I had some fine professors in my very long tenure as a college student, including an author who would later be poet laureate of California (Al Young) and the author of one of my favorite non-fiction books (Simon Winchester). They were writers of formidable talent, and I learned from them in their classes, Contemporary English Literature and Literature and Empire.
However, I don’t know if I could have come to terms with taking a lower division English composition class from David Foster Wallace. Every time I used a footnote, I would feel self-conscious.1 Katie Roiphe examines his syllabuses2 from his classes at Slate. I especially like this excerpt, from a syllabus for a course called “Literary Interpretations”:
If you are used to whipping off papers the night before they’re due, running them quickly through the computer’s Spellchecker, handing them in full of high-school errors and sentences that make no sense and having the professor accept them ‘because the ideas are good’ or something, please be informed that I draw no distinction between the quality of one’s ideas and the quality of those ideas’ verbal expression, and I will not accept sloppy, rough-draftish, or semiliterate college writing. Again, I am absolutely not kidding.”
In this syllabus, he also encourages shy or introspective students who think best by themselves to talk to him one-on-one about their analysis of the reading: “Clinically shy students or those whose best thoughts whose best, most pressing questions and comments occur to them only in private, should do their discussing with me solo, outside class.”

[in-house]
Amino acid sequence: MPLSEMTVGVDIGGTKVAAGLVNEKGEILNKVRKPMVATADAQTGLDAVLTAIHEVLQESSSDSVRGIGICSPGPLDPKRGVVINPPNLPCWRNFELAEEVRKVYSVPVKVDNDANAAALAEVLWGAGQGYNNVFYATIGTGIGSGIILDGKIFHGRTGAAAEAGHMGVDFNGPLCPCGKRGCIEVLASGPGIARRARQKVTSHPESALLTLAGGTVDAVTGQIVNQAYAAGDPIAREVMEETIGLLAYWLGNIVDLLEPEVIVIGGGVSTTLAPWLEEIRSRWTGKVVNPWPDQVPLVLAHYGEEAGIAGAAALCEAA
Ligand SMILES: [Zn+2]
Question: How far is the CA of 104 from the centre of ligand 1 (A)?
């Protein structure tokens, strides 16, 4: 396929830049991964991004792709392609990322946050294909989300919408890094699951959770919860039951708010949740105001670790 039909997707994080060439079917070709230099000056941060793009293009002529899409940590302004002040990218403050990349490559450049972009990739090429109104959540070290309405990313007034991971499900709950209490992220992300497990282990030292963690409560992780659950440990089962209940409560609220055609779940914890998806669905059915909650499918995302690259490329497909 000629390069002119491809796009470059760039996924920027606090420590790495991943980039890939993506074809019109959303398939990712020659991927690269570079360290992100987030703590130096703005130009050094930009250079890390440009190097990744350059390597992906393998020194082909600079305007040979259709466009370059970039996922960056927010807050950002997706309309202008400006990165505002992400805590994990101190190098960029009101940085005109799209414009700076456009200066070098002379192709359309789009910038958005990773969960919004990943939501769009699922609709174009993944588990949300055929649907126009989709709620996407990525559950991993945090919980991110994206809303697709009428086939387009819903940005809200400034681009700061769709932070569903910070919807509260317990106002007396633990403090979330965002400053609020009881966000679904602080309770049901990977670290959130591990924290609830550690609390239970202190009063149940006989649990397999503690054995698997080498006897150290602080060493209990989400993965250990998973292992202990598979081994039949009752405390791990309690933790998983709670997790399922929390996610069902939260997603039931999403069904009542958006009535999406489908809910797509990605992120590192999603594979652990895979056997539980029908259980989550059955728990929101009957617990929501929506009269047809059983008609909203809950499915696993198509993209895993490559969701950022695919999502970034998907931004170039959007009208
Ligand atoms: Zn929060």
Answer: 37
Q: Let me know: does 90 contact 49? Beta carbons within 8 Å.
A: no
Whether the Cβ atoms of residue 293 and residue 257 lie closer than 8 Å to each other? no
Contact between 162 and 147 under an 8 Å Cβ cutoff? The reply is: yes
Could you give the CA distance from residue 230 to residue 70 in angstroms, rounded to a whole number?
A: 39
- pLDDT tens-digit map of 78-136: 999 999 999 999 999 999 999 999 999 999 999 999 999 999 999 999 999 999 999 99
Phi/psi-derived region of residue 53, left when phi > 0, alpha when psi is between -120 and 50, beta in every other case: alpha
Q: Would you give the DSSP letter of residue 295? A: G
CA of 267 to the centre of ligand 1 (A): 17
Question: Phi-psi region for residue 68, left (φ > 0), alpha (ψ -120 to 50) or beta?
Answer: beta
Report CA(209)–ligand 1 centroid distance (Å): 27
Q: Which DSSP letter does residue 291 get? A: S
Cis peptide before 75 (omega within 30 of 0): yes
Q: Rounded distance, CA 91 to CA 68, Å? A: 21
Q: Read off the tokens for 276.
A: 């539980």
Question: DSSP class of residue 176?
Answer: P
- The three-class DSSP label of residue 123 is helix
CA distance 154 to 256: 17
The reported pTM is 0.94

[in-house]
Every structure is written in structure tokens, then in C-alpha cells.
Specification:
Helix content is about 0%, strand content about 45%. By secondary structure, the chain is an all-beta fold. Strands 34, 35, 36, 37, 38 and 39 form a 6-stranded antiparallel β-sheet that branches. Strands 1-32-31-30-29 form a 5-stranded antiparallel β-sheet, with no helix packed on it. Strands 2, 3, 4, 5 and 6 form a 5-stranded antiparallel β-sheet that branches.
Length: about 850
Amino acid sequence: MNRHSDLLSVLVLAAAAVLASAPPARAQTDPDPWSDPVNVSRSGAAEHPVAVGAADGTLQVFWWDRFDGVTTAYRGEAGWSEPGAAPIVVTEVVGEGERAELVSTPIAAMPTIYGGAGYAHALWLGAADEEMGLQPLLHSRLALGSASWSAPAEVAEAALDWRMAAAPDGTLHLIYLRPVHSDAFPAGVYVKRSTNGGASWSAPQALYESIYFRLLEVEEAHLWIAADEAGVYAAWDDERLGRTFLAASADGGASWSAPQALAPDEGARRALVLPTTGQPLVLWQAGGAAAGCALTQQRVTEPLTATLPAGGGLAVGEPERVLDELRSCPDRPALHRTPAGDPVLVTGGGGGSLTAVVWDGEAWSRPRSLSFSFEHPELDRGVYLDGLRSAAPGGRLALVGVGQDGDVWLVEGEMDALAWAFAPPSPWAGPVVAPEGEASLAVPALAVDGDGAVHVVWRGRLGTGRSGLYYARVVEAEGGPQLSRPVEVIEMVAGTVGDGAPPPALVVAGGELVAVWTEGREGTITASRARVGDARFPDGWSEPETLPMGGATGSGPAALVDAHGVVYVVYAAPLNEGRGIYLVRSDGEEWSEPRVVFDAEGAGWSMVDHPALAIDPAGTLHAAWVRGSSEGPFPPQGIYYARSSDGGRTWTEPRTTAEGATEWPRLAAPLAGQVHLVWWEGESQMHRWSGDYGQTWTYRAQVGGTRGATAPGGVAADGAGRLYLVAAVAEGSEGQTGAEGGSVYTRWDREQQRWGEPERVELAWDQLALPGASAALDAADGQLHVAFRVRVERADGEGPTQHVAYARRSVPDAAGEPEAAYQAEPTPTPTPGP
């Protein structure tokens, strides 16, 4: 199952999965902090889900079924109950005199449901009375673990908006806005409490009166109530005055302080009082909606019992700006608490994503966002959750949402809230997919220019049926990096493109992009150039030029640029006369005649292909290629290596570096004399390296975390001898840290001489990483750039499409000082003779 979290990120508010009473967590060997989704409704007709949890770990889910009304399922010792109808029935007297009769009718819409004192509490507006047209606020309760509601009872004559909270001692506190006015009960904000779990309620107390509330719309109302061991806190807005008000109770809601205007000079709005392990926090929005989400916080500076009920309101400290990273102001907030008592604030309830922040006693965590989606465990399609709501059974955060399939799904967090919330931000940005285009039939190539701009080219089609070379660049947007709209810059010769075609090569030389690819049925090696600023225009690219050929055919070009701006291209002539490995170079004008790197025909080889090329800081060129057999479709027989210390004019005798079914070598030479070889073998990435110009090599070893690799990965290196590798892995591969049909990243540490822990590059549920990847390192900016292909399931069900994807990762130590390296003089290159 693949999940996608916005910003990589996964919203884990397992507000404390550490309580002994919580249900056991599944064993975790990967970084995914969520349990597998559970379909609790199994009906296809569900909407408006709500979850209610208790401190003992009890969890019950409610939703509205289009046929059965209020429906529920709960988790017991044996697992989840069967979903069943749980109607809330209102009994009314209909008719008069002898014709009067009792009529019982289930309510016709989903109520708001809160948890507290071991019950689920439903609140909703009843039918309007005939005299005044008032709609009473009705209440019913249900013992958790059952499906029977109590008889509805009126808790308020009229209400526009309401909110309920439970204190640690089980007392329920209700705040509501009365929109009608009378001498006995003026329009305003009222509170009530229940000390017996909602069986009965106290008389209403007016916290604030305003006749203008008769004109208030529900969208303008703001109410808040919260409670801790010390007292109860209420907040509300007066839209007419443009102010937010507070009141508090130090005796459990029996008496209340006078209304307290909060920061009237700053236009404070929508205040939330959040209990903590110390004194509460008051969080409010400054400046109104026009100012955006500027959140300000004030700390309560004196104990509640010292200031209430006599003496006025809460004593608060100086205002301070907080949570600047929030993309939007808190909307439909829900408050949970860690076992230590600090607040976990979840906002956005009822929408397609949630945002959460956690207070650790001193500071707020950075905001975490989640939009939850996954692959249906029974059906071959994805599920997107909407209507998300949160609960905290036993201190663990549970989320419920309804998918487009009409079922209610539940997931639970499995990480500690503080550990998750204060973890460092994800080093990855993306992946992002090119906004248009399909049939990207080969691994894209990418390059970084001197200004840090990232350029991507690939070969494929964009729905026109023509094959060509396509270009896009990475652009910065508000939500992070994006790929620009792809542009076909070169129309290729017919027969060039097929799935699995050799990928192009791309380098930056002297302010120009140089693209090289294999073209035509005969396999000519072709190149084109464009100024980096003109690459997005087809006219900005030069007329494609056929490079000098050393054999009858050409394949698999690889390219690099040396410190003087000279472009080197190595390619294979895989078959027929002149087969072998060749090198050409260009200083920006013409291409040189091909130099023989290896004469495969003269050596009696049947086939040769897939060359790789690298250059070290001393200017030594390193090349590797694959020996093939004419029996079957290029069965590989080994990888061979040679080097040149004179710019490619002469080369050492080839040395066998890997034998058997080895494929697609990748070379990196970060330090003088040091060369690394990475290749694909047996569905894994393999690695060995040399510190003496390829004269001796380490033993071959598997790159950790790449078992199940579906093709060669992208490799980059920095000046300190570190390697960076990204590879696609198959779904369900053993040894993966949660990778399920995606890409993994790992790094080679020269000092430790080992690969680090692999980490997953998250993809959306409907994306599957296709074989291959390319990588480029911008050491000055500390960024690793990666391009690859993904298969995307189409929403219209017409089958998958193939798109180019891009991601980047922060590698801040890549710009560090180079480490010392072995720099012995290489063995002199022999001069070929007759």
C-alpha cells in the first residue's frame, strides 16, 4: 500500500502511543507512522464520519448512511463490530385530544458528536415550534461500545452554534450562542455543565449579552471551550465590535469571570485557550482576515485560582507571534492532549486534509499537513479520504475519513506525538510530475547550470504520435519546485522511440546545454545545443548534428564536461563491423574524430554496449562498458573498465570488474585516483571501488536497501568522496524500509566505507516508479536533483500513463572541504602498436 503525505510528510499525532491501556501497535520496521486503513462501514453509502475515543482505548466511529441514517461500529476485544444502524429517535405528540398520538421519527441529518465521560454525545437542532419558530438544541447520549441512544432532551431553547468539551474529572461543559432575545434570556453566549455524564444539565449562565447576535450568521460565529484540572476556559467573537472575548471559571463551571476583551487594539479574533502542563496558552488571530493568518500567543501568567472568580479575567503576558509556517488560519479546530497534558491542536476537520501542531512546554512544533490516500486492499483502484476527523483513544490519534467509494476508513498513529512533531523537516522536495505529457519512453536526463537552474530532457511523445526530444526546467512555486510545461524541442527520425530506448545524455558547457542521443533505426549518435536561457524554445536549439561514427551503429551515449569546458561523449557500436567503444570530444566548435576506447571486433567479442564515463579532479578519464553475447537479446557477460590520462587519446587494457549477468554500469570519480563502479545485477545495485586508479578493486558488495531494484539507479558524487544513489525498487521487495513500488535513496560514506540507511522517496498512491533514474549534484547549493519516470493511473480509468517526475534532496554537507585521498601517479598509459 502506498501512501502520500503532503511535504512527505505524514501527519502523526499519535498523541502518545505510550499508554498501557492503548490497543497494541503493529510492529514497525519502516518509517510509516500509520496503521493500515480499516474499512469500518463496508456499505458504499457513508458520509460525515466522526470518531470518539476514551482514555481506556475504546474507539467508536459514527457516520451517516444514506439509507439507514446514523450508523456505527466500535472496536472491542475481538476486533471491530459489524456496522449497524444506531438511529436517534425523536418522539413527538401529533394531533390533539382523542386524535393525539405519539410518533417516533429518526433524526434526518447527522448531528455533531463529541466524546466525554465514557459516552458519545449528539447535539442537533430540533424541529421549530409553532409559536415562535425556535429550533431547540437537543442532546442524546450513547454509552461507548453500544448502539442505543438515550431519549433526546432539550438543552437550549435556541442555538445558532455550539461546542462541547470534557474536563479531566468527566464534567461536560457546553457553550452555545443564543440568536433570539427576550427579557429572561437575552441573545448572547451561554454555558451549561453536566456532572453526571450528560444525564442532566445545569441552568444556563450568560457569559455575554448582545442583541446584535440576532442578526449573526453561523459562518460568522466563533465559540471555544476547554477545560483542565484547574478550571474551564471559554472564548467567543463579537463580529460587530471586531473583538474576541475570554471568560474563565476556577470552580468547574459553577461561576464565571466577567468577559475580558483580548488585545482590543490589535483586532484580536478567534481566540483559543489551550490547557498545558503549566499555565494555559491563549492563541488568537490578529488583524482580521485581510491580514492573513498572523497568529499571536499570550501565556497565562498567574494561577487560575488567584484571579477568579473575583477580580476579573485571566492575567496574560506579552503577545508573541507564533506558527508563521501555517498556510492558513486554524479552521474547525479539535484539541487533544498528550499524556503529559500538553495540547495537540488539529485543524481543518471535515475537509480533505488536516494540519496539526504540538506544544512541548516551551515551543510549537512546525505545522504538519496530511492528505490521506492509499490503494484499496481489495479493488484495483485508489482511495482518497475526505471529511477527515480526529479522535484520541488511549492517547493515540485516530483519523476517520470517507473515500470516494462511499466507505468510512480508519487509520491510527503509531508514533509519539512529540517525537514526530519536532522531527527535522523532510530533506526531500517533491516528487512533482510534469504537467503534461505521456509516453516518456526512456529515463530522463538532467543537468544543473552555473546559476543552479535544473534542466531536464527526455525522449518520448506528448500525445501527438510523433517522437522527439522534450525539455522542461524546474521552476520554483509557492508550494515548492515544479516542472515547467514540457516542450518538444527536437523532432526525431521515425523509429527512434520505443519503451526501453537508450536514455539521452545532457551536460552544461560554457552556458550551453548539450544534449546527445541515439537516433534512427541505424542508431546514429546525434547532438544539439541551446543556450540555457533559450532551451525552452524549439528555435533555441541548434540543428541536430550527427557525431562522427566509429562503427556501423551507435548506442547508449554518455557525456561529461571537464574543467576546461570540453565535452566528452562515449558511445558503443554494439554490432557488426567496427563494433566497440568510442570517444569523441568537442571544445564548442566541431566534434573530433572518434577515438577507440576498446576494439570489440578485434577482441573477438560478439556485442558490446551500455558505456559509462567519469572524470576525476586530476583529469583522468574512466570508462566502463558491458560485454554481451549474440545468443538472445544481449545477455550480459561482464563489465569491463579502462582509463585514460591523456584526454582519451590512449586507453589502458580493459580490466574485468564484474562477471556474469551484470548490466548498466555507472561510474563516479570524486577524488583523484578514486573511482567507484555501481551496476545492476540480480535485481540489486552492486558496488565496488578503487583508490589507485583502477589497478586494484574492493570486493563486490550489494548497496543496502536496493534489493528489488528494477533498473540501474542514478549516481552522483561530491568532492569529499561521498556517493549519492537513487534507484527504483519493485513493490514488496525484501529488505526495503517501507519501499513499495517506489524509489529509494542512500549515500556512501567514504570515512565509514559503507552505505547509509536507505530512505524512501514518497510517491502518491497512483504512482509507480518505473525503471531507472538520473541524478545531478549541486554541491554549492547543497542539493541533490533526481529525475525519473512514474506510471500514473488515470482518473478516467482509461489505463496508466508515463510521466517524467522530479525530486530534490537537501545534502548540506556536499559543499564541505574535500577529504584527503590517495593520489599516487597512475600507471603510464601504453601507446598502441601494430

Very few professors that I knew took the differences in learning or participation style into account. Al Young, in fact, expressed surprised when I made a comment about Snow Falling on Cedars (about the symbolic function of the eponymous snow) that he found especially cogent, saying that because I had been so quiet up until then, he thought I wasn’t “getting” the material.
The reply that popped into my head — and that I didn’t say — is that I am like Mr. Ed: I don’t speak unless I have something to say. The inference of this unspoken declaration was that my classmates did not have something to say, so I thought it best to keep it to myself. My classmates, if I recall, spent a good deal of time talking about their personal lives as it related to the texts, something I wasn’t interested in as a structure for discussion of literature.
Though, I must admit, I also wasn’t inclined to talk to professors one-on-one very often, either. My preferred method of proving myself was in writing. It’s the medium I’m most comfortable in. It was in that medium that Al Young discovered that I am a “quintessential Californian,” as he put it.
1. I should note, that using footnotes is not part of Modern Language Association format, which most universities use, though I did use them from time to time, mostly — now that I think of it — to insert Pre-Raphaelite paintings that I found tangentially relevant to the point I was making.